After all the complicated cooking over the holidays, I felt like making something simple. I felt I should give salsify another chance (especially after Eha had proclaimed it her favorite vegetable), and I had picked up some guinea fowl breasts. I decided to cook both sous-vide (no surprises there) and to pair them with a porcini mushroom sauce and mashed potatoes. This made for a fine meal.
Salsify is also known as poor man’s asparagus. It looks a bit similar, but it is a lot harder to clean and doesn’t have as much flavor. I had tried breaded and deep-fried salsify before. That was nice, but the flavor of the breading overpowered the flavor of the salsify (even though it was just bread crumbs!). I had also tried it sous-vide, but againt he flavor was so subtle that I wasn’t very enthusiastic about it. Then I thought of my favorite solution for boosting the flavor of vegetables: roasting them in the oven. So I parcooked the salsify and then roasted them. The result was salsify with flavor! But still a delicate flavor that went well with the delicate flavor of the guinea fowl and the woody flavor of the porcini sauce. Here’s what I did.
For 2 servings
1 guinea fowl breast fillet (two halves)
flour for dusting
450 grams (1 lb) salsify
a bit of lemon juice (or powdered Vitamin C)
25 grams (1 oz) dried porcini mushrooms
1 shallot, minced
2 Tbsp heavy cream
60 ml (1/4 cup) dry white wine
mashed potatoes made from 500 grams (1.1 lb) potatoes
4 Tbsp (clarified) butter
1 Tbsp olive oil
salt and freshly ground black pepper
Vacuum seal them with fresh thyme and cook sous-vide for 3 hours at 57ºC/135ºF. This time and temperature combination is enough to pasteurize the guinea fowl, and due to the low temperature the meat will be tender and juicy rather than dry.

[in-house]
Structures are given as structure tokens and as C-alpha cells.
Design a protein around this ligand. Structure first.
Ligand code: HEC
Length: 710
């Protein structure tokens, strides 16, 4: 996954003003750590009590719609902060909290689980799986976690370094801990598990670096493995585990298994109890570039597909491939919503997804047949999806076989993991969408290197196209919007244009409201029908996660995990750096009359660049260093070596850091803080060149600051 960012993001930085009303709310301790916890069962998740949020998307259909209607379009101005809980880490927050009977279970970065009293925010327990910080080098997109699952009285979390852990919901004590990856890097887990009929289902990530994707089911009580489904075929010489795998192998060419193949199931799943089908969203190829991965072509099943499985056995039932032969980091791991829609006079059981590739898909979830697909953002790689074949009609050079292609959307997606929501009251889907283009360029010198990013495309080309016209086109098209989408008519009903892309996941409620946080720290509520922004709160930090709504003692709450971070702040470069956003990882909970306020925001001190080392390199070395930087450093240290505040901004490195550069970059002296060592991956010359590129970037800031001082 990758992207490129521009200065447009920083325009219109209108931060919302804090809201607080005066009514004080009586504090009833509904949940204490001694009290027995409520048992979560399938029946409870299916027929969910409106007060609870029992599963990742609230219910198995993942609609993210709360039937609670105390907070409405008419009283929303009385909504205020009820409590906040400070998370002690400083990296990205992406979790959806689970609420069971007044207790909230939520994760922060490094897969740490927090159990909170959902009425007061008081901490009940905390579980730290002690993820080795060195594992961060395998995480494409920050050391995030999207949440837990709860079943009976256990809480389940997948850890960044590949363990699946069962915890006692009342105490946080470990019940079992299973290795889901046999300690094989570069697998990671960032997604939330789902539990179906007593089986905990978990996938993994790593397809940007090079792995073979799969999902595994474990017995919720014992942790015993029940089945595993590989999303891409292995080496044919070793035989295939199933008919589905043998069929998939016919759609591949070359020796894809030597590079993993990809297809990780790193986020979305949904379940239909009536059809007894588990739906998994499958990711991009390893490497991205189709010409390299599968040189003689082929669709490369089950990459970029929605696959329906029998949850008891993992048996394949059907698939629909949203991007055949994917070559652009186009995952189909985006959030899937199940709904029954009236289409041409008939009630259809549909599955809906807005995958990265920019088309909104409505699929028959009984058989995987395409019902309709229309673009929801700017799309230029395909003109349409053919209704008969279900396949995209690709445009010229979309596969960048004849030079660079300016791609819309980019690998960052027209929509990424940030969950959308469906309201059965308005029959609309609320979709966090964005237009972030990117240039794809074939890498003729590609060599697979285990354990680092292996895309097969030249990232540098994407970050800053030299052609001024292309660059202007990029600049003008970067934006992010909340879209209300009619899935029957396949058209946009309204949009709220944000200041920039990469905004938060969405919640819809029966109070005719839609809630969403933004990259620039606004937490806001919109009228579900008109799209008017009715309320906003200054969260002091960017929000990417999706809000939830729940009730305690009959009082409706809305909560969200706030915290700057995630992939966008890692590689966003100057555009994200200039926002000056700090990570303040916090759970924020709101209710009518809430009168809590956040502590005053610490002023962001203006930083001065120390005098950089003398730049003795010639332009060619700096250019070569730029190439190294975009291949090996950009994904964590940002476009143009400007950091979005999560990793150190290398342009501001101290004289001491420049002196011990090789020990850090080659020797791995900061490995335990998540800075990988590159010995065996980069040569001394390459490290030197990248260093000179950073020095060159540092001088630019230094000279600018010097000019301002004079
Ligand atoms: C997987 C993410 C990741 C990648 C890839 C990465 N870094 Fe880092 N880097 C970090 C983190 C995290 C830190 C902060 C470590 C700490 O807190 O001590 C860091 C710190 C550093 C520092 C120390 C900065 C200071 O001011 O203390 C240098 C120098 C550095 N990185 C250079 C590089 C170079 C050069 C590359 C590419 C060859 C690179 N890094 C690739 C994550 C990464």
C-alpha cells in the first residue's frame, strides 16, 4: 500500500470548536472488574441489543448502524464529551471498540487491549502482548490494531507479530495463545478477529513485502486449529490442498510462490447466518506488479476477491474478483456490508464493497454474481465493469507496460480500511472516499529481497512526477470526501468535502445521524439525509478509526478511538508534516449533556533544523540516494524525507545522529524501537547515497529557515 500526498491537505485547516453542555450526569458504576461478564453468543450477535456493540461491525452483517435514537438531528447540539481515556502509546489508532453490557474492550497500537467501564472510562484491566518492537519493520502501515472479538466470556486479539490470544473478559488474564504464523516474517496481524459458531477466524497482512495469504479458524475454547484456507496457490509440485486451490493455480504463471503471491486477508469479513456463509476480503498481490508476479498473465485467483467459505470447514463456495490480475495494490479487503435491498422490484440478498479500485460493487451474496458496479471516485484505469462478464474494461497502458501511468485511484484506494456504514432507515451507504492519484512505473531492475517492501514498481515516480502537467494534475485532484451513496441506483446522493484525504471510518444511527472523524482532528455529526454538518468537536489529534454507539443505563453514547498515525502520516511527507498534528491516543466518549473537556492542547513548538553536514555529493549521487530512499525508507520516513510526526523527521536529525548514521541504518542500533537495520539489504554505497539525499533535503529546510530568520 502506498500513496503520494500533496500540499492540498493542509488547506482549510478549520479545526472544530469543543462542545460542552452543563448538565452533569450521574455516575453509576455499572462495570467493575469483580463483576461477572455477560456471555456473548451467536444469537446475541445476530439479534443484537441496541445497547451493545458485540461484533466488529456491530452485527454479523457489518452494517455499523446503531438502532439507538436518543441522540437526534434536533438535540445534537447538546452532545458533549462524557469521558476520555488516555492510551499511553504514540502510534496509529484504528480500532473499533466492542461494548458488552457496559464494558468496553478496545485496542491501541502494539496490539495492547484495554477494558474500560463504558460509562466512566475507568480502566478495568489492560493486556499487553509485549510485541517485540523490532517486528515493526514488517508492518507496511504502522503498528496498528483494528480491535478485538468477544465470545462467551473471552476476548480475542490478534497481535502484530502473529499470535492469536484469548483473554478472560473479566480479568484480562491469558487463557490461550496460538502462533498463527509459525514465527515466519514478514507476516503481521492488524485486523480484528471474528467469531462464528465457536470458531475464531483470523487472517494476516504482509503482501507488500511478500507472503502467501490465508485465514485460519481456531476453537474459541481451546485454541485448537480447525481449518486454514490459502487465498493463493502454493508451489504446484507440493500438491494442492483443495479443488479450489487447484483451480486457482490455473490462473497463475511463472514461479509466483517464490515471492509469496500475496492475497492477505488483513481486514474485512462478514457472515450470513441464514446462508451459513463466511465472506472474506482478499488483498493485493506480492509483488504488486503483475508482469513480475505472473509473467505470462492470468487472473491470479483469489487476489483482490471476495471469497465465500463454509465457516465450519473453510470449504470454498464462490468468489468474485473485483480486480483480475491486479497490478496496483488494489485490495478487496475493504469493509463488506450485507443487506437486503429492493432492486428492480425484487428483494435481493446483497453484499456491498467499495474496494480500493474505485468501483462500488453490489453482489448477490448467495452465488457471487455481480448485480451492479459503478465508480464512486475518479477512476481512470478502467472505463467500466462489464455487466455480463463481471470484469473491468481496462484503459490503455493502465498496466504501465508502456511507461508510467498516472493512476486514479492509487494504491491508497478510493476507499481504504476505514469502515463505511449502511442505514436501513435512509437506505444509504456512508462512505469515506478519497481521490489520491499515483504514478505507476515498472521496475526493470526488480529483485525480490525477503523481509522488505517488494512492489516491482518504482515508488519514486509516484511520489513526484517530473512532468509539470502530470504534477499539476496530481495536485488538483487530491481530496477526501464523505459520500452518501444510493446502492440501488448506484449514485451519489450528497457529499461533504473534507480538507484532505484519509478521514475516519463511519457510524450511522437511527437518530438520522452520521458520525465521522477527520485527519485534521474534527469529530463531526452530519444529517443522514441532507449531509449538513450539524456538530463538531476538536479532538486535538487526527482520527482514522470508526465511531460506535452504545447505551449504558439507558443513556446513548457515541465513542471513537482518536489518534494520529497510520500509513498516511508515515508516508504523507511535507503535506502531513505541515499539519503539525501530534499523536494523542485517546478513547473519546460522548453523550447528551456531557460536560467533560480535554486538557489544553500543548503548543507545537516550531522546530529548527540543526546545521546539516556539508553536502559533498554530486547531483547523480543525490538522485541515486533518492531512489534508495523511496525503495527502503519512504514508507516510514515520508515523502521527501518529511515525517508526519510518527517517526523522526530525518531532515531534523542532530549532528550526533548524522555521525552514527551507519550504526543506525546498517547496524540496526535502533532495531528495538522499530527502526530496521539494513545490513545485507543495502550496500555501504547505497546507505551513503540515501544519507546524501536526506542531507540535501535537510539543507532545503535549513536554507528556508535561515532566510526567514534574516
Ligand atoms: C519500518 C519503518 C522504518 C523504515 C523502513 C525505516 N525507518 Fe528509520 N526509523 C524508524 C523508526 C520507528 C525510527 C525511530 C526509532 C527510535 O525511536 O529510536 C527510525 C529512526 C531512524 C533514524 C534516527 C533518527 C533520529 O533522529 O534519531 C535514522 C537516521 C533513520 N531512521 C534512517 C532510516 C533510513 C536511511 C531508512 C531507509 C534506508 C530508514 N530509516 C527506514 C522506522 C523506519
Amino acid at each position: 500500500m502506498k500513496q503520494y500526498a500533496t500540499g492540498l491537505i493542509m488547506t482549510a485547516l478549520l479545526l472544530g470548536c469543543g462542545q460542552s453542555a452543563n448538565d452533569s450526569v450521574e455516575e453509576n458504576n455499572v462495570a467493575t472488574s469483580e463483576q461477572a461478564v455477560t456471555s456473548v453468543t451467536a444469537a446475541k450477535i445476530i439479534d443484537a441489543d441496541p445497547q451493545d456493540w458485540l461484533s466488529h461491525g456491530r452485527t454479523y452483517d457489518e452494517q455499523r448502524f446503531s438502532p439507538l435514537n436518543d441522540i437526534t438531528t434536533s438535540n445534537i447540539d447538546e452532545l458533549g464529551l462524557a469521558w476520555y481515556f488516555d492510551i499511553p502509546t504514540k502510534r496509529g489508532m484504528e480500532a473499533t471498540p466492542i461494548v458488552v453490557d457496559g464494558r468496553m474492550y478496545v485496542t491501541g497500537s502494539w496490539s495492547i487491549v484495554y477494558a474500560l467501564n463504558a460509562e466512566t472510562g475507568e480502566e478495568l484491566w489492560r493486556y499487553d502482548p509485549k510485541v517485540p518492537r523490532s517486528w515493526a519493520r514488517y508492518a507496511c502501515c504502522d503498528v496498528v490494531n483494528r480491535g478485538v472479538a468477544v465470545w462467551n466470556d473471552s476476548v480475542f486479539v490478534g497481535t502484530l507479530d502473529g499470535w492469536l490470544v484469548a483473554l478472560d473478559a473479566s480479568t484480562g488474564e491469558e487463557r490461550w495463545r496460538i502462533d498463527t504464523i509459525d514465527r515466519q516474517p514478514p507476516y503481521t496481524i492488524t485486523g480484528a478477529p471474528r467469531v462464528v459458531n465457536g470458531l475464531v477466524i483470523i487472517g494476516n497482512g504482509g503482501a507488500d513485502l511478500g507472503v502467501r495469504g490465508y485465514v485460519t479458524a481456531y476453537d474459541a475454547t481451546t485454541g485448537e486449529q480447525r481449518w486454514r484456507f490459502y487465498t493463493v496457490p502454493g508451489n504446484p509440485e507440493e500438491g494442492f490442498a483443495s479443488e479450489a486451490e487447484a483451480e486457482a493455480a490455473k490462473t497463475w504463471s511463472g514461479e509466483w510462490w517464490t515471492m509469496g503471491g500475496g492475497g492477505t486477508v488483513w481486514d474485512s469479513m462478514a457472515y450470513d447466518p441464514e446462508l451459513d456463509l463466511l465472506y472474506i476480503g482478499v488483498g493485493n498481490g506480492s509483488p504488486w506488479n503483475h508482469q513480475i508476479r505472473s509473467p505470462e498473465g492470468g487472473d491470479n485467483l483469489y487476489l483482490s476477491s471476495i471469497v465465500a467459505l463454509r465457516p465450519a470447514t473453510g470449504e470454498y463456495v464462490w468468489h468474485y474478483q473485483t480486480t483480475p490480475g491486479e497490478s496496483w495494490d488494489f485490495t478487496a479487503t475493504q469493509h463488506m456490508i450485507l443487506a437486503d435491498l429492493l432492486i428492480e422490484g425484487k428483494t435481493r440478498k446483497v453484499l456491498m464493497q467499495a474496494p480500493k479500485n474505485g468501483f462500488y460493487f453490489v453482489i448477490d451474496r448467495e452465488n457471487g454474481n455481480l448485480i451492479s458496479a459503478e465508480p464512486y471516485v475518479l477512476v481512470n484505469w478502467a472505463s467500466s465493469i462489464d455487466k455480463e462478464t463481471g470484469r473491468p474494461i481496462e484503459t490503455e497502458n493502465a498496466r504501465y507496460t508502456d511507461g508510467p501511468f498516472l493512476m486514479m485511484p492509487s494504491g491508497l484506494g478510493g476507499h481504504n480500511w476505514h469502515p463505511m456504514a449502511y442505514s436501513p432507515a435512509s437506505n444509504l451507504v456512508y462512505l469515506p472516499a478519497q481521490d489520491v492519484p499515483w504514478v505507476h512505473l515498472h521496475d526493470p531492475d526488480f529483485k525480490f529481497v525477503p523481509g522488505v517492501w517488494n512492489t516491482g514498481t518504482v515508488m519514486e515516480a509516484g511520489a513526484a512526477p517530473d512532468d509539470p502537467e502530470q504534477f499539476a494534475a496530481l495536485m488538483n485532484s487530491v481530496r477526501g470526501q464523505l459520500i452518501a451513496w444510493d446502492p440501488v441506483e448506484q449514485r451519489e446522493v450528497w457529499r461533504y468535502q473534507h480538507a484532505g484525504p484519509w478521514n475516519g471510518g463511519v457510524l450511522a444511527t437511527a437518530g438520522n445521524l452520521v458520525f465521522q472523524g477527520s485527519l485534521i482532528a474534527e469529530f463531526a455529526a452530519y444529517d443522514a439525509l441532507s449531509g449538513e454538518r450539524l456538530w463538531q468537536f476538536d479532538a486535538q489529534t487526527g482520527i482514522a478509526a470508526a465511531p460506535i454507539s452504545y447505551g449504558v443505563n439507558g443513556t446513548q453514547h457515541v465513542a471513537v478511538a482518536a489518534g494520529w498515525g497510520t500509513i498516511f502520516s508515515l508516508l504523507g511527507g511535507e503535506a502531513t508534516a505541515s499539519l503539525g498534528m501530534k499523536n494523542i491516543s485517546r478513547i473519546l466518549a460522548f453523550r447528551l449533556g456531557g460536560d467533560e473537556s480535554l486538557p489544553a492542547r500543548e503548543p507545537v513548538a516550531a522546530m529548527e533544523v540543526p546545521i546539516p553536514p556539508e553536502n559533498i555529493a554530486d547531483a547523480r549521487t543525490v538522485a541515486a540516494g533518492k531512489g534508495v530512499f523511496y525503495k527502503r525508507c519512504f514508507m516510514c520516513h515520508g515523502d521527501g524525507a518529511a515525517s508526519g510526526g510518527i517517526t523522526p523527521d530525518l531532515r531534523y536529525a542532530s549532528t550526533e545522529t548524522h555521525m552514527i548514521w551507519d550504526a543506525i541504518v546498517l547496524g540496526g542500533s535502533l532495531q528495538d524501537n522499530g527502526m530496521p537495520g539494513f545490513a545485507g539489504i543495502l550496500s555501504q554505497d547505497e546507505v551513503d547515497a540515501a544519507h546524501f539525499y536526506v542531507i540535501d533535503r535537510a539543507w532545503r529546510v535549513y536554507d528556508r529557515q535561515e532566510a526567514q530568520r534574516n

Use gloves to peel the salsify. They give off a sticky juice that will stain your hands and is difficult to wash off. Salsify are known as “kitchen maid’s sorrow” in the Netherlands (keukenmeidenverdriet) because of this.
Cook them sous-vide for 15 minutes at 88ºC/190ºF. Since the sous-vide cooker was already occupied for the guinea fowl, I did this in a regular pot with a digital thermometer. For cooking vegetables it is OK if you manage to keep the temperature between 85ºC and 90ºC (or between 185ºF and 195ºF).
This is best with an oaked dry white wine. The oak goes well with the woody character of the salsify and the mushroom sauce. A very light red could also work, but with delicate white meat like this, white wine is the best choice.
Two years ago I blogged about a pretty successful attempt to recreate a dish I’d had at a two-star Michelin restaurant near Naples, Torre del Saracino, just based on my memory of the dish: pasta with cauliflower, oyster, and pecorino cheese. Back then I wrote: “On December 23 we had dinner at one of the best restaurants in Italy, La Torre del Saracino in Vico Equense. The chef Gennaro Esposito is a master at making very simple local dishes with high-quality but simple ingredients taste delicious. The simplicity can be a bit misleading, because you don’t get two Michelin stars for ordinary food. Since we liked one of the dishes with oysters, cauliflower, pecorino cheese and pasta so much, I decided to have a go at recreating it from memory. I did not ask the chef how he had made it, I just tried to remember what I had tasted and thought how I would do it. The result was obviously not as good as at the restaurant, but still quite pleasing. Since it’s a very original recipe and not that hard to do, I’m sharing it with you below.”